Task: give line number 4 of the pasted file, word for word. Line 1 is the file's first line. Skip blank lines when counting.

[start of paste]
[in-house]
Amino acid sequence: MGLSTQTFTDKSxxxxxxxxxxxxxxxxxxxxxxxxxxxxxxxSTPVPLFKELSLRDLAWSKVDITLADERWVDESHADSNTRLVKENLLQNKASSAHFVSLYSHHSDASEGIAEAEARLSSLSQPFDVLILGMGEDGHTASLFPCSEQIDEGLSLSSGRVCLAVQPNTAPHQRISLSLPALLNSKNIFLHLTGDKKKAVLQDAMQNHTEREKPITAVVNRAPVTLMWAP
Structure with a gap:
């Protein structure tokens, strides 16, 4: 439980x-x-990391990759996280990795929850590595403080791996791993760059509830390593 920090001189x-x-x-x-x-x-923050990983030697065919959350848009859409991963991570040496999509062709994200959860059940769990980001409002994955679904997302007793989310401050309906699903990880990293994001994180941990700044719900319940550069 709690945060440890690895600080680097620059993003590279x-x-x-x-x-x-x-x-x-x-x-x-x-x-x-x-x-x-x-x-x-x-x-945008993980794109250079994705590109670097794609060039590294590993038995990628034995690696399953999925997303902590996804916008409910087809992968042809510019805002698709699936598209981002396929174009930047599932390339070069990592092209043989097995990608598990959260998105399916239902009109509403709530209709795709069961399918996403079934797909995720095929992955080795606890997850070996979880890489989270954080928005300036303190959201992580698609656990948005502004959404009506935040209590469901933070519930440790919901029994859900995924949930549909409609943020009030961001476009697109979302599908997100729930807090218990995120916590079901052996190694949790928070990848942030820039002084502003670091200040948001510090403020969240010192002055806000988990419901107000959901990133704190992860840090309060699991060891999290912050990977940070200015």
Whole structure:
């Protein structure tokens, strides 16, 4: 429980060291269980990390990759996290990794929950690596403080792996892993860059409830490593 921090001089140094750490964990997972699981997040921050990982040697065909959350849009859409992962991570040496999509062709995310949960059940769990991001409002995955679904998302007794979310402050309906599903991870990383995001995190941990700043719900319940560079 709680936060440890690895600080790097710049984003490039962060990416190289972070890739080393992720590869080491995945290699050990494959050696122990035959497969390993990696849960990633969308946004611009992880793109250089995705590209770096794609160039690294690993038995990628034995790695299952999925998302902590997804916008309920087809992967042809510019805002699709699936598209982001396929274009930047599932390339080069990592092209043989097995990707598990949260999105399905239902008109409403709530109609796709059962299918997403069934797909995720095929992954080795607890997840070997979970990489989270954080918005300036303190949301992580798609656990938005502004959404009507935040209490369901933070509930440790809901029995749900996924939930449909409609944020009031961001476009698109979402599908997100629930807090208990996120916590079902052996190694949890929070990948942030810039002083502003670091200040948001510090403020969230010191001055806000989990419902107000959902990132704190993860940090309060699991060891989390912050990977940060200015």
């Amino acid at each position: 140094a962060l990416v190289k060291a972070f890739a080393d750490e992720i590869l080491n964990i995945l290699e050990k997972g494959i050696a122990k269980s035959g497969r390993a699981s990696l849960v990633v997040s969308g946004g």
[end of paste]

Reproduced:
């Protein structure tokens, strides 16, 4: 439980x-x-990391990759996280990795929850590595403080791996791993760059509830390593 920090001189x-x-x-x-x-x-923050990983030697065919959350848009859409991963991570040496999509062709994200959860059940769990980001409002994955679904997302007793989310401050309906699903990880990293994001994180941990700044719900319940550069 709690945060440890690895600080680097620059993003590279x-x-x-x-x-x-x-x-x-x-x-x-x-x-x-x-x-x-x-x-x-x-x-945008993980794109250079994705590109670097794609060039590294590993038995990628034995690696399953999925997303902590996804916008409910087809992968042809510019805002698709699936598209981002396929174009930047599932390339070069990592092209043989097995990608598990959260998105399916239902009109509403709530209709795709069961399918996403079934797909995720095929992955080795606890997850070996979880890489989270954080928005300036303190959201992580698609656990948005502004959404009506935040209590469901933070519930440790919901029994859900995924949930549909409609943020009030961001476009697109979302599908997100729930807090218990995120916590079901052996190694949790928070990848942030820039002084502003670091200040948001510090403020969240010192002055806000988990419901107000959901990133704190992860840090309060699991060891999290912050990977940070200015």